“The Black Girl Survives in This One” is an anthology collection of short horror stories, from ghost stories to zombie stories, from writers like Monica Brashears, Vincent Tirado, Zakiya Dalila Harris, Maika and Maritza Moulite, and others. It also includes a foreword written by the horror luminary Tananarive Due. There’s something for everyone in this book, and at the end, the main character — a Black girl — survives the horrors of the day. The bigger message we wanted to convey to readers, especially Black girls, is that despite the serious obstacles you may face in this life, you are strong enough to endure, survive, and still come out on top. We are not our fears, no matter how society might try to tell us otherwise.

While I love the horror genre, it has not been kind or inclusionary for Black, Indigenous, Latine, and other people of color. So I was inspired to write myself into the genre, to pen a story that featured a Black Latina who is fierce and equally loves the horror genre. In my short story, “Cemetery Dance Party,” I pay homage to all of the folks who sparked my love for horror, from Michael Jackson’s famous hit song and music video “Thriller” to Romero’s “Night of the Living Dead.” It was the first movie where I saw a Black person survive the horror of the undead, only to be shot by a white person at the end. That scene stayed with me. It’s haunting to believe that as a Black person, you could escape zombies, but you can’t escape white supremacy.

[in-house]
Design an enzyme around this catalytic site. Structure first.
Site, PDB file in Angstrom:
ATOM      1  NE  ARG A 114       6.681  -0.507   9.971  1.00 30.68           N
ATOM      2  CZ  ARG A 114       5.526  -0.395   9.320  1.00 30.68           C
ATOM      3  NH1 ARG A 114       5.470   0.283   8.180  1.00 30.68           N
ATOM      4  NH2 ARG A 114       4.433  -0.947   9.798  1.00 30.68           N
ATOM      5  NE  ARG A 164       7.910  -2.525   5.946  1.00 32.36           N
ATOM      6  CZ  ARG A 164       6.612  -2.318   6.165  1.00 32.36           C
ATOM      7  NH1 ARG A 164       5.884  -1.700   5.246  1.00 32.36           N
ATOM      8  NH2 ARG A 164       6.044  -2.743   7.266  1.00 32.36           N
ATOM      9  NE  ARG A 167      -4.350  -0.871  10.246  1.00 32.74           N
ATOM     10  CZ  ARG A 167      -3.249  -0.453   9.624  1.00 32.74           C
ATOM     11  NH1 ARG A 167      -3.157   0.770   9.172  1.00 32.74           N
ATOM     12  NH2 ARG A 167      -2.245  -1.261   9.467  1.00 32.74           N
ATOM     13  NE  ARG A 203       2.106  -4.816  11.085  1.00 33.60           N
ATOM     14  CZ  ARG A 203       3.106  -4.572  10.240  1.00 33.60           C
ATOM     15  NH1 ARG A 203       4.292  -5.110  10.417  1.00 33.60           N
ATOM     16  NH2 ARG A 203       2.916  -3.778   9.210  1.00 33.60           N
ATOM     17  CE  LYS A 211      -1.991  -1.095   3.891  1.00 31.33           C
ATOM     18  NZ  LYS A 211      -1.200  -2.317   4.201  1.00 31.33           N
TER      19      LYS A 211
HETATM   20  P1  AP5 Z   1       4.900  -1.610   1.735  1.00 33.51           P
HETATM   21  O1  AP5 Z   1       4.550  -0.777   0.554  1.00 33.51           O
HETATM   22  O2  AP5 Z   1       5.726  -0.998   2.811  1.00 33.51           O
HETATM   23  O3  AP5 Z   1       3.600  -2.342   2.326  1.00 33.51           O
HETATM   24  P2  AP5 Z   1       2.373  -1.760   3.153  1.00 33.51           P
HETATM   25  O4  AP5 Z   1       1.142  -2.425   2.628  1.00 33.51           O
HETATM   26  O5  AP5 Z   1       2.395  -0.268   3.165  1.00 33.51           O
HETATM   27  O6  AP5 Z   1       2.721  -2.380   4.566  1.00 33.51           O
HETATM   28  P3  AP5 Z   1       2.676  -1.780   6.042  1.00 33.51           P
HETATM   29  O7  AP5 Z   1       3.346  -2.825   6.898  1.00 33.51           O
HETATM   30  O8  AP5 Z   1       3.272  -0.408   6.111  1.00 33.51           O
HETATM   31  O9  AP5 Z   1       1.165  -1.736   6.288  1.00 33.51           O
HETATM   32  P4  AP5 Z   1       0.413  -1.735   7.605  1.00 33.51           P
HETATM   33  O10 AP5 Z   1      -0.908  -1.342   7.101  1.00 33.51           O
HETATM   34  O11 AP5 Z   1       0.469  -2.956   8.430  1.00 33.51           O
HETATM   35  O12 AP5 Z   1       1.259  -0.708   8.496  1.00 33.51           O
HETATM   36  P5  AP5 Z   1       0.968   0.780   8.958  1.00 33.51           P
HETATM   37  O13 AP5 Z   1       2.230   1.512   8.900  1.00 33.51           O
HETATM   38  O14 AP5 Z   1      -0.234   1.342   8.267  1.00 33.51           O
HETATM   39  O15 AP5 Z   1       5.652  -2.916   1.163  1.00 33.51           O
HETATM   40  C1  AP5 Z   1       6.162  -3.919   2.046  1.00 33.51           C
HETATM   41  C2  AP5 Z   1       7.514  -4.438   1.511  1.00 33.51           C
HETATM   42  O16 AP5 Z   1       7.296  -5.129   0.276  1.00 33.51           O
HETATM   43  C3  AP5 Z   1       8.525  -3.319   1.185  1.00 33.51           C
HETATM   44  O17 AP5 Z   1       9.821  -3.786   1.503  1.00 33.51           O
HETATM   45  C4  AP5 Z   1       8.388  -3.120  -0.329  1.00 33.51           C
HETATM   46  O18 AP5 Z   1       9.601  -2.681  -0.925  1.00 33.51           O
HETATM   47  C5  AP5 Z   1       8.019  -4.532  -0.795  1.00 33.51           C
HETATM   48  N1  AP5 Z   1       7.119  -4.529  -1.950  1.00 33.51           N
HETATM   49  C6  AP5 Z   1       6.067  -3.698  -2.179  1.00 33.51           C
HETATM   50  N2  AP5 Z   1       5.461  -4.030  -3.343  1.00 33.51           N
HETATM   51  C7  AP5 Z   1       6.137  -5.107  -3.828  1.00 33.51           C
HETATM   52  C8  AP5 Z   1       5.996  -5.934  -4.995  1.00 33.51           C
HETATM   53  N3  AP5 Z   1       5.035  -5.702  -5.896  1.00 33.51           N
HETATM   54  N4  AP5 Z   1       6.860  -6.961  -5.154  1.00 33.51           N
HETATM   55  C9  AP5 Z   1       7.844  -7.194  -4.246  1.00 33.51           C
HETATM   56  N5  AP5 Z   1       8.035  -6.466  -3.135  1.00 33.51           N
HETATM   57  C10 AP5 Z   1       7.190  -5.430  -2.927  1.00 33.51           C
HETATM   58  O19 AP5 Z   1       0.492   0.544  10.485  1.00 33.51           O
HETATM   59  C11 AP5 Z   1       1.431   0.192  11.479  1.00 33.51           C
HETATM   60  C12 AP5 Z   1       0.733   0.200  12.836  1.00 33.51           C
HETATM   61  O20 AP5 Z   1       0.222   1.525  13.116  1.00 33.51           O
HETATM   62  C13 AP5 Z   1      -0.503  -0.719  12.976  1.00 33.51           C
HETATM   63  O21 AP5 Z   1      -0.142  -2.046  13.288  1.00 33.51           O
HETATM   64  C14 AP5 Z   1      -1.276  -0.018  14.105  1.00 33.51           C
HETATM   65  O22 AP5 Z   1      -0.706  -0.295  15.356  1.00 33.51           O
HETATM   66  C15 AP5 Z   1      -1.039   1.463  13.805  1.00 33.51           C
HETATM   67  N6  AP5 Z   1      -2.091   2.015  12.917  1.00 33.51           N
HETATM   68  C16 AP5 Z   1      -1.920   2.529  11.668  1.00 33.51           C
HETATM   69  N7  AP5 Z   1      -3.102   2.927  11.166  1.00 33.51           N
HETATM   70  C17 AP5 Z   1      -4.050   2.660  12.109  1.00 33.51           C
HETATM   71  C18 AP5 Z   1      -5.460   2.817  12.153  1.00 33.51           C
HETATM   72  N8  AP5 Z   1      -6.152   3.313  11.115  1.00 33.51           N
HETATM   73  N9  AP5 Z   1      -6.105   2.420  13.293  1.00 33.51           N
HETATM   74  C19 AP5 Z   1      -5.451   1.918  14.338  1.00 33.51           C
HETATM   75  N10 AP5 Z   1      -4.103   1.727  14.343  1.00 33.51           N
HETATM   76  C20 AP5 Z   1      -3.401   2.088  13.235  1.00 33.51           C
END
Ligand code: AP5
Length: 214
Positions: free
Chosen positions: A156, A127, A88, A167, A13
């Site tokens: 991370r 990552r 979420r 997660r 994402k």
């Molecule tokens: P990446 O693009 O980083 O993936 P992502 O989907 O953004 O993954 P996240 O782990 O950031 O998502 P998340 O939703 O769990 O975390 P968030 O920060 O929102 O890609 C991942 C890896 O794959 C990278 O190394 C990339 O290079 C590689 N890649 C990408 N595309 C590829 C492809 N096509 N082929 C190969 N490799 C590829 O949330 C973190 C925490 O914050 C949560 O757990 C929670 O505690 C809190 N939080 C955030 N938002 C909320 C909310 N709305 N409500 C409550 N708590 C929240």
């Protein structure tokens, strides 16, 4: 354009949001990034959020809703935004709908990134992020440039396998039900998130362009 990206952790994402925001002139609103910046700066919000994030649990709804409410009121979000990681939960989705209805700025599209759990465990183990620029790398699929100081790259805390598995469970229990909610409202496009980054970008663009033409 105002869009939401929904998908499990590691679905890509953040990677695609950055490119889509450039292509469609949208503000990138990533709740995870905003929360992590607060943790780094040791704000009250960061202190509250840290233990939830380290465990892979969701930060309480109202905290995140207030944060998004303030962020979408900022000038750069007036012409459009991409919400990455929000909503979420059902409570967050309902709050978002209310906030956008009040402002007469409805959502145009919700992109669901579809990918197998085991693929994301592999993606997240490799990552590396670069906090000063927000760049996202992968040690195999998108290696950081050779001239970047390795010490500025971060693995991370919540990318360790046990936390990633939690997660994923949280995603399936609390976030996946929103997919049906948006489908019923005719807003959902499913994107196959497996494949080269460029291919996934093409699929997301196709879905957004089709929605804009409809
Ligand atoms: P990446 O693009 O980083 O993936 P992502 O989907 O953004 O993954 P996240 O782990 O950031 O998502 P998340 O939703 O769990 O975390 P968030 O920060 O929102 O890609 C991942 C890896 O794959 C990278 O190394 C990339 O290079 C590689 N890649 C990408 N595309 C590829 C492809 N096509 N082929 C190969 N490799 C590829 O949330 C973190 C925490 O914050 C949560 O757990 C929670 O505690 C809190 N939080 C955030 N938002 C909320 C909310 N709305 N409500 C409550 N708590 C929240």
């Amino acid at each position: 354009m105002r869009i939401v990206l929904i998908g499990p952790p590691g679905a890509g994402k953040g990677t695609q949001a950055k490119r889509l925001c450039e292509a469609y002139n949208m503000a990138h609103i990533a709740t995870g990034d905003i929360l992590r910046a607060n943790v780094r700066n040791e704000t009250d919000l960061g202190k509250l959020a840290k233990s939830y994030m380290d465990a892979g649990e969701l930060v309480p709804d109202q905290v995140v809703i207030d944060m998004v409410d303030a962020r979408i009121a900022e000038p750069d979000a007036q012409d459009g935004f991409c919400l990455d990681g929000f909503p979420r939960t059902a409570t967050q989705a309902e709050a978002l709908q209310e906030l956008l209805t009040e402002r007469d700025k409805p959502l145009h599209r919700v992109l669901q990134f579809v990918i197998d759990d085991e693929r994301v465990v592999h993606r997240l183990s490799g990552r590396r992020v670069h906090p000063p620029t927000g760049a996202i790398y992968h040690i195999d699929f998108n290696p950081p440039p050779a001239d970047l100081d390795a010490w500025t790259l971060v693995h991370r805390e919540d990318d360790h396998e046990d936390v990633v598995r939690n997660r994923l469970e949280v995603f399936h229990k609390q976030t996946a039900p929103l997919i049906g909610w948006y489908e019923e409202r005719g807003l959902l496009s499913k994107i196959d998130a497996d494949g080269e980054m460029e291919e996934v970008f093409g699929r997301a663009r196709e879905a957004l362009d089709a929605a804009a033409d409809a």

My first book, “Wild Tongues Can’t Be Tamed,” was a nonfiction anthology that examined diverse aspects of Latine identity, subverting myths and stereotypes about our cultures, and a dialogue on addiction, racism, and anti-Blackness within our community. It featured essays from bestselling and award-winning writers like Elizabeth Acevedo, Ingrid Rojas Contreras, Naima Coster, Natasha Diaz, Janel Martinez, and others. I was eager to continue the identity conversation and amplify Black voices across the diaspora. So it was an easy decision for me to want to tackle horror next, which has been so exclusionary for Black folks and people of color. After having a Zoom conversation with my coeditor of the anthology, Desiree S. Evans, we decided to center Black girls and have them be the “final girl” trope we’ve always wanted to see more of in cinema and books.